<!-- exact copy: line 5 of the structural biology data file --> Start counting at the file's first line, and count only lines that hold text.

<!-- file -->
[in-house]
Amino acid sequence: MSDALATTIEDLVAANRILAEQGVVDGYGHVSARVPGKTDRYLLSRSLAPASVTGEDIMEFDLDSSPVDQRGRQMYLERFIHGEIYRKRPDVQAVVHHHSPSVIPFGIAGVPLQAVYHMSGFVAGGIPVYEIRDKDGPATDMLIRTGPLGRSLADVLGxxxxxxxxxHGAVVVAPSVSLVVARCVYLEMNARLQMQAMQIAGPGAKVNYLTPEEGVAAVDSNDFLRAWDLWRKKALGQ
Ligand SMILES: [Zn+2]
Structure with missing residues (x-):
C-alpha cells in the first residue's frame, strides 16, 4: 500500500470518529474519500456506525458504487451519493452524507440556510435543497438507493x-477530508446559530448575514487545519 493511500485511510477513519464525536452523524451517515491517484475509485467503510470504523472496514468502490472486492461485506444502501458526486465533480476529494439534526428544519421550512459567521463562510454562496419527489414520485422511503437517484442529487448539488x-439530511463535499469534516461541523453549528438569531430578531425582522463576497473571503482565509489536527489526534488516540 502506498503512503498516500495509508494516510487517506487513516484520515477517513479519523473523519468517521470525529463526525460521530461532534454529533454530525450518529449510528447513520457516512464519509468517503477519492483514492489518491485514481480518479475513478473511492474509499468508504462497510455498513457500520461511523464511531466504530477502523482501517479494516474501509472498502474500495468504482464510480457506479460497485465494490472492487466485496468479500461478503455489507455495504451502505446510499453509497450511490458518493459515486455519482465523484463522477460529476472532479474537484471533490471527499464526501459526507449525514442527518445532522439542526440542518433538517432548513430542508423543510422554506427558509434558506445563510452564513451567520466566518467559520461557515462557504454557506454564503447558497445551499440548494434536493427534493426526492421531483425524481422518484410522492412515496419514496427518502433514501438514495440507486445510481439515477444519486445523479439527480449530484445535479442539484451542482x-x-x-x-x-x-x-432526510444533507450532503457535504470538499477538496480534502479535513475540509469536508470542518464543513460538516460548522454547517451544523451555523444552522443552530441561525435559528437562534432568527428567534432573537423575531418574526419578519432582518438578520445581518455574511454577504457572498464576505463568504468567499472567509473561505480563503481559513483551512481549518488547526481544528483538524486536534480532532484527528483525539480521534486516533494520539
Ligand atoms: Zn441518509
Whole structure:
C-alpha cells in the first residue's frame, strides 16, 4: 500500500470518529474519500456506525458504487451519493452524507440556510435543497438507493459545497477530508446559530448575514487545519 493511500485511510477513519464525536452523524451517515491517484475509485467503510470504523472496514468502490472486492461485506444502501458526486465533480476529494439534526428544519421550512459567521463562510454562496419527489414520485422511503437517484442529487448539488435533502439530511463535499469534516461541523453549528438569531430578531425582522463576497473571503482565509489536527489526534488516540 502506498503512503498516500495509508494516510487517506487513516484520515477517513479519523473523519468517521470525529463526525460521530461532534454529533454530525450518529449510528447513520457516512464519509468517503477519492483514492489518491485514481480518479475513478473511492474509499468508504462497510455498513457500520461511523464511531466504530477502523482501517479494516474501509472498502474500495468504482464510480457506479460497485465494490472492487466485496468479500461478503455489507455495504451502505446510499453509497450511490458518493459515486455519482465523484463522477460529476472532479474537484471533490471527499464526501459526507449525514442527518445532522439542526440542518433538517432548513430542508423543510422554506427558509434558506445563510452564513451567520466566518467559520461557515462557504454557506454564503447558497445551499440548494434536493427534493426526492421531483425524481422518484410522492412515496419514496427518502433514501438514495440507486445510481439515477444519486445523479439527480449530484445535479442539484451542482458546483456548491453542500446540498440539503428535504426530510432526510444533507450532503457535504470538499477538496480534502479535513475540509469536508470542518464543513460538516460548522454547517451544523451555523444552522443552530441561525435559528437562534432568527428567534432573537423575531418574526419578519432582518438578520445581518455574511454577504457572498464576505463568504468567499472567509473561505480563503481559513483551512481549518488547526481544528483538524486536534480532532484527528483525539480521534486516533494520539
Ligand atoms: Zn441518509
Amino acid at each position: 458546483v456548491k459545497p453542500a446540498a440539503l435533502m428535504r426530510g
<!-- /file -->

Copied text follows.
C-alpha cells in the first residue's frame, strides 16, 4: 500500500470518529474519500456506525458504487451519493452524507440556510435543497438507493x-477530508446559530448575514487545519 493511500485511510477513519464525536452523524451517515491517484475509485467503510470504523472496514468502490472486492461485506444502501458526486465533480476529494439534526428544519421550512459567521463562510454562496419527489414520485422511503437517484442529487448539488x-439530511463535499469534516461541523453549528438569531430578531425582522463576497473571503482565509489536527489526534488516540 502506498503512503498516500495509508494516510487517506487513516484520515477517513479519523473523519468517521470525529463526525460521530461532534454529533454530525450518529449510528447513520457516512464519509468517503477519492483514492489518491485514481480518479475513478473511492474509499468508504462497510455498513457500520461511523464511531466504530477502523482501517479494516474501509472498502474500495468504482464510480457506479460497485465494490472492487466485496468479500461478503455489507455495504451502505446510499453509497450511490458518493459515486455519482465523484463522477460529476472532479474537484471533490471527499464526501459526507449525514442527518445532522439542526440542518433538517432548513430542508423543510422554506427558509434558506445563510452564513451567520466566518467559520461557515462557504454557506454564503447558497445551499440548494434536493427534493426526492421531483425524481422518484410522492412515496419514496427518502433514501438514495440507486445510481439515477444519486445523479439527480449530484445535479442539484451542482x-x-x-x-x-x-x-432526510444533507450532503457535504470538499477538496480534502479535513475540509469536508470542518464543513460538516460548522454547517451544523451555523444552522443552530441561525435559528437562534432568527428567534432573537423575531418574526419578519432582518438578520445581518455574511454577504457572498464576505463568504468567499472567509473561505480563503481559513483551512481549518488547526481544528483538524486536534480532532484527528483525539480521534486516533494520539